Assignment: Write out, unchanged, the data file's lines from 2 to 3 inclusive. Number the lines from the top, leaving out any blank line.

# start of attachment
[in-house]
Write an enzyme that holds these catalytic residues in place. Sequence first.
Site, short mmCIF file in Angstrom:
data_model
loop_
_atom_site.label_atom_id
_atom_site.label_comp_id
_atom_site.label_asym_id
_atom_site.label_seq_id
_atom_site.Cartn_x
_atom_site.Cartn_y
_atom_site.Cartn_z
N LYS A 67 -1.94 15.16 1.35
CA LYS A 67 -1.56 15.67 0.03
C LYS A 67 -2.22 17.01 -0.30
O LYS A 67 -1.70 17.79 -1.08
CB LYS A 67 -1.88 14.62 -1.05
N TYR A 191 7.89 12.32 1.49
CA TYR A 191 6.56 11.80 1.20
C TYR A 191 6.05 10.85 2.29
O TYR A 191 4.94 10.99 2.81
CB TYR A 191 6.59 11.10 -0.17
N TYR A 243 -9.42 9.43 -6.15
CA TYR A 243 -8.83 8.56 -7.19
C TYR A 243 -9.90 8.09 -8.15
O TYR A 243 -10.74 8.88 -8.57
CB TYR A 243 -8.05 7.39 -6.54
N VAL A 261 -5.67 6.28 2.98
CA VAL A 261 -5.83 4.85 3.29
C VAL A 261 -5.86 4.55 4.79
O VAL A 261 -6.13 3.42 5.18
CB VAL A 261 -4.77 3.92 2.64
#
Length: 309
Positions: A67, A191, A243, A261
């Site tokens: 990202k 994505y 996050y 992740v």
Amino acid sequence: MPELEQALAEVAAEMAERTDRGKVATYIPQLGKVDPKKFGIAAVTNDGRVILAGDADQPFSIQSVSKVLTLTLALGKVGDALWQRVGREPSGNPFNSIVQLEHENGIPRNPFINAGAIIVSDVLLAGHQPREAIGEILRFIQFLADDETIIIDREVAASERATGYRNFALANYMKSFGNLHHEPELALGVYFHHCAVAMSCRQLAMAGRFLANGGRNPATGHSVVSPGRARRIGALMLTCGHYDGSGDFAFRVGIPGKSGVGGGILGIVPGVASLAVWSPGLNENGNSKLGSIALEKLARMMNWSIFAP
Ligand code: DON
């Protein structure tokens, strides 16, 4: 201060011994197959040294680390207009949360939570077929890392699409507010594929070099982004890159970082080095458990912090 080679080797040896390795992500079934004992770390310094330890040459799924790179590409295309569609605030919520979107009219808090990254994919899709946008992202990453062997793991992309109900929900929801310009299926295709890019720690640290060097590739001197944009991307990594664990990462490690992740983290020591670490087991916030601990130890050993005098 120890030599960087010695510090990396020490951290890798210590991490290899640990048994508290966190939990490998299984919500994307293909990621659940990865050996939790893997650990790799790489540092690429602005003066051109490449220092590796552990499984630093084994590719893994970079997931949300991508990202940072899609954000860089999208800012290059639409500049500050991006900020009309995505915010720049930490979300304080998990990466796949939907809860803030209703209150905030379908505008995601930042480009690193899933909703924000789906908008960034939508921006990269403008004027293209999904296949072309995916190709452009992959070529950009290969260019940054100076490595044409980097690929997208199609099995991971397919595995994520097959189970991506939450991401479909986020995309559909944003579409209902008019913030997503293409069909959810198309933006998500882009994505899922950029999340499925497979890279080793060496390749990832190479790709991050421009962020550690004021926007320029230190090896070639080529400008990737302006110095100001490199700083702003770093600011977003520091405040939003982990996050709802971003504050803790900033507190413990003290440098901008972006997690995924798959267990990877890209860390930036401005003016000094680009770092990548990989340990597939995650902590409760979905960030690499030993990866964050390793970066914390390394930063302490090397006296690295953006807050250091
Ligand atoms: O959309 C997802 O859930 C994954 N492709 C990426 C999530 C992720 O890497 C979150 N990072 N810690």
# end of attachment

Write an enzyme that holds these catalytic residues in place. Sequence first.
Site, short mmCIF file in Angstrom: